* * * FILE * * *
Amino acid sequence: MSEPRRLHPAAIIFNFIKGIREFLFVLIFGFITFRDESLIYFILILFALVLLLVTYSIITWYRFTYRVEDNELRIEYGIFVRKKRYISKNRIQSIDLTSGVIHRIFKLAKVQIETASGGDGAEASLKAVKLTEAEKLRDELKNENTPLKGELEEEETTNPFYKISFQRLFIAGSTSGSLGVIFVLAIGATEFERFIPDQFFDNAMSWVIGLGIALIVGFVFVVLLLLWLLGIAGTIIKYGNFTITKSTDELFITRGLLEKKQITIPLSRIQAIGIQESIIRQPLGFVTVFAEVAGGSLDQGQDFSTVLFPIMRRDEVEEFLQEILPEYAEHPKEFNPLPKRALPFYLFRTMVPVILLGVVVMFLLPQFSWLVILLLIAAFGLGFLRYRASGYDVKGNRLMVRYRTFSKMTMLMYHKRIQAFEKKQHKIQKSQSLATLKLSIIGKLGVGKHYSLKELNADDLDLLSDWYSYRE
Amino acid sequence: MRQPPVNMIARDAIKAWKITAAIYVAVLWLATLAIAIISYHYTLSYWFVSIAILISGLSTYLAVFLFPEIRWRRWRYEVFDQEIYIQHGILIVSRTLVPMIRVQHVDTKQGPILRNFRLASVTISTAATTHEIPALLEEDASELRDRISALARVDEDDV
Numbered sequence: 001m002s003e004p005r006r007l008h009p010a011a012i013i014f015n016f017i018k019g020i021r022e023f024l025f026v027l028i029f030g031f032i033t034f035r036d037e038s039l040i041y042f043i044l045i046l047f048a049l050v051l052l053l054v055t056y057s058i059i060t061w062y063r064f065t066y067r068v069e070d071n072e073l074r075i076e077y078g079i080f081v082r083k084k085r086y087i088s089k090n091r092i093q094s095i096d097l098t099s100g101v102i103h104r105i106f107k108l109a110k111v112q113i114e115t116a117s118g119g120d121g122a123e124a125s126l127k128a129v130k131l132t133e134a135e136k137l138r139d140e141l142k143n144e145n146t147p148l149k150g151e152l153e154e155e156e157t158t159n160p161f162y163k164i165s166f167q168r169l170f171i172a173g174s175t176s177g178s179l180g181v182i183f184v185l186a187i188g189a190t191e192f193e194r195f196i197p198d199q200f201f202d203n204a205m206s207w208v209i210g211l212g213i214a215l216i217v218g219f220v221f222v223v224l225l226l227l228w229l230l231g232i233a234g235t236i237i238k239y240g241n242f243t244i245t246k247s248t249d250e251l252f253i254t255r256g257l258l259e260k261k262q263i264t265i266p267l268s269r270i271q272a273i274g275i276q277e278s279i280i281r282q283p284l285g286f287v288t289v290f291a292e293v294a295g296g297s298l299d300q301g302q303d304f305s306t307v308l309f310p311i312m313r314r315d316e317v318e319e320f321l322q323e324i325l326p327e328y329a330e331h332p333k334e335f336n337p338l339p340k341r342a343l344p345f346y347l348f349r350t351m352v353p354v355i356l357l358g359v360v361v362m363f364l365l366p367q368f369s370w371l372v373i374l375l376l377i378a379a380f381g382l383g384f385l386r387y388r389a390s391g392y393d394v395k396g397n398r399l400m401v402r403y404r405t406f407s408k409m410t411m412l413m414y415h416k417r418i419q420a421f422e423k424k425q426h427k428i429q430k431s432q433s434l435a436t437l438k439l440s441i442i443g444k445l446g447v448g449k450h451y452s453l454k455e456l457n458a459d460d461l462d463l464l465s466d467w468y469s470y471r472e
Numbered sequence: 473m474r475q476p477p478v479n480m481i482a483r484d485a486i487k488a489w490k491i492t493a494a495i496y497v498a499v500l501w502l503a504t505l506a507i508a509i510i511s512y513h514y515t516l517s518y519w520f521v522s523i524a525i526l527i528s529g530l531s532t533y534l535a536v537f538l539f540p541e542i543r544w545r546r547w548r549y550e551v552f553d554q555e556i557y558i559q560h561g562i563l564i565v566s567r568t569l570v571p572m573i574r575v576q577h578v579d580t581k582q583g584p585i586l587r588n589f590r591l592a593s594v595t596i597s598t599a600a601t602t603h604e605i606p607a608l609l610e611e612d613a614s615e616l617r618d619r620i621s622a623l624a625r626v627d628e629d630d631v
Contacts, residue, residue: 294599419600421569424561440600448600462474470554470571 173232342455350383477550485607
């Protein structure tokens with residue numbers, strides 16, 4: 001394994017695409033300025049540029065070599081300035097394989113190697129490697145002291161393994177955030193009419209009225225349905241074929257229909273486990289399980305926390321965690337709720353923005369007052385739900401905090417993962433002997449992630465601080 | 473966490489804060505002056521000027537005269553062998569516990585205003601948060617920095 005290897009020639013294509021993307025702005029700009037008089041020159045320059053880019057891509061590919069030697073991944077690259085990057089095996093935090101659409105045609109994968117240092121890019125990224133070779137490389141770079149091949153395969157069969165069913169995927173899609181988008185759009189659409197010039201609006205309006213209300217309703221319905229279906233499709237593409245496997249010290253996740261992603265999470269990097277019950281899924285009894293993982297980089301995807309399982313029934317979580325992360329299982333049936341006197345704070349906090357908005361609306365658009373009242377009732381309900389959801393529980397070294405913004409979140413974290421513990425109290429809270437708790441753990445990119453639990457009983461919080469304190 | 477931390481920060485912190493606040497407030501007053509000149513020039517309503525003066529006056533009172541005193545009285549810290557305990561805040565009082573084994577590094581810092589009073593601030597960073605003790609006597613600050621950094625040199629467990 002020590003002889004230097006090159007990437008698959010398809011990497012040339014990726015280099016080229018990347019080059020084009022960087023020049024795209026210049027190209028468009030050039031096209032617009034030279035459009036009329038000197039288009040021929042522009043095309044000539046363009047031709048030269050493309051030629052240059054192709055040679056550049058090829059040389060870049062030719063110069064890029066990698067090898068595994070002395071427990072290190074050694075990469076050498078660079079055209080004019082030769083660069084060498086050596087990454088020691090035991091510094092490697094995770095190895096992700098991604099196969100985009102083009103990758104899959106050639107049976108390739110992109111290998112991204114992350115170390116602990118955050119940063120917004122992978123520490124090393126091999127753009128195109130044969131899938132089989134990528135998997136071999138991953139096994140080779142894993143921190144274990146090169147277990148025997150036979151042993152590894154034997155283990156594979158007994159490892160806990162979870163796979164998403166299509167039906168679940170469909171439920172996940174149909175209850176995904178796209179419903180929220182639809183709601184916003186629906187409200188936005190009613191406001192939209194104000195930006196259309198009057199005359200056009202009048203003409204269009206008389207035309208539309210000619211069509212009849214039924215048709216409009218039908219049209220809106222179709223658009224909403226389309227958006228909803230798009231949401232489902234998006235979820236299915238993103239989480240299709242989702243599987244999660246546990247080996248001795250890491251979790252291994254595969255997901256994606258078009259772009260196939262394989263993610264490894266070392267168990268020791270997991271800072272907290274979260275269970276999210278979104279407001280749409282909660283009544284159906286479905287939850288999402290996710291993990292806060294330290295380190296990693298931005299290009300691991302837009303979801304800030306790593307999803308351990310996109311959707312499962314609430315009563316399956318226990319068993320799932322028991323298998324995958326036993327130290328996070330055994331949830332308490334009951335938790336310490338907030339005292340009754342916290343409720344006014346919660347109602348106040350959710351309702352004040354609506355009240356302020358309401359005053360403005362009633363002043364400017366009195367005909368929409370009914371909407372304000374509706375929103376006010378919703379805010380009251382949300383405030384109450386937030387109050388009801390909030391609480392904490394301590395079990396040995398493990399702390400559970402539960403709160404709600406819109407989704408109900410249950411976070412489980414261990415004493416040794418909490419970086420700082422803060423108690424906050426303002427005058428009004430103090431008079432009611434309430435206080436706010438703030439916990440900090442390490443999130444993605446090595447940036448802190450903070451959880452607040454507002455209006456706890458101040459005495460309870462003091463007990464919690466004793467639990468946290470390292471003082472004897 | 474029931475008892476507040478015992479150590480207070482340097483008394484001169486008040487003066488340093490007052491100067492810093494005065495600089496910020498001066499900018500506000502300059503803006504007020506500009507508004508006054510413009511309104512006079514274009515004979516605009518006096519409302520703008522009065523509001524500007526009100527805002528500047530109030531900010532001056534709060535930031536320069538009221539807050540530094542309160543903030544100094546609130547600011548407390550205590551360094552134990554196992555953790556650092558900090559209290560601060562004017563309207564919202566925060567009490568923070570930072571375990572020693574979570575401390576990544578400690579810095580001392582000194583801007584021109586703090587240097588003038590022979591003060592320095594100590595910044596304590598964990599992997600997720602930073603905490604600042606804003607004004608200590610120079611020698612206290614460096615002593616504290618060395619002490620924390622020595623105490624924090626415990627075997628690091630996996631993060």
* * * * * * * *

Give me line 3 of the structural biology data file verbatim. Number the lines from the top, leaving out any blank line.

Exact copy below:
Numbered sequence: 001m002s003e004p005r006r007l008h009p010a011a012i013i014f015n016f017i018k019g020i021r022e023f024l025f026v027l028i029f030g031f032i033t034f035r036d037e038s039l040i041y042f043i044l045i046l047f048a049l050v051l052l053l054v055t056y057s058i059i060t061w062y063r064f065t066y067r068v069e070d071n072e073l074r075i076e077y078g079i080f081v082r083k084k085r086y087i088s089k090n091r092i093q094s095i096d097l098t099s100g101v102i103h104r105i106f107k108l109a110k111v112q113i114e115t116a117s118g119g120d121g122a123e124a125s126l127k128a129v130k131l132t133e134a135e136k137l138r139d140e141l142k143n144e145n146t147p148l149k150g151e152l153e154e155e156e157t158t159n160p161f162y163k164i165s166f167q168r169l170f171i172a173g174s175t176s177g178s179l180g181v182i183f184v185l186a187i188g189a190t191e192f193e194r195f196i197p198d199q200f201f202d203n204a205m206s207w208v209i210g211l212g213i214a215l216i217v218g219f220v221f222v223v224l225l226l227l228w229l230l231g232i233a234g235t236i237i238k239y240g241n242f243t244i245t246k247s248t249d250e251l252f253i254t255r256g257l258l259e260k261k262q263i264t265i266p267l268s269r270i271q272a273i274g275i276q277e278s279i280i281r282q283p284l285g286f287v288t289v290f291a292e293v294a295g296g297s298l299d300q301g302q303d304f305s306t307v308l309f310p311i312m313r314r315d316e317v318e319e320f321l322q323e324i325l326p327e328y329a330e331h332p333k334e335f336n337p338l339p340k341r342a343l344p345f346y347l348f349r350t351m352v353p354v355i356l357l358g359v360v361v362m363f364l365l366p367q368f369s370w371l372v373i374l375l376l377i378a379a380f381g382l383g384f385l386r387y388r389a390s391g392y393d394v395k396g397n398r399l400m401v402r403y404r405t406f407s408k409m410t411m412l413m414y415h416k417r418i419q420a421f422e423k424k425q426h427k428i429q430k431s432q433s434l435a436t437l438k439l440s441i442i443g444k445l446g447v448g449k450h451y452s453l454k455e456l457n458a459d460d461l462d463l464l465s466d467w468y469s470y471r472e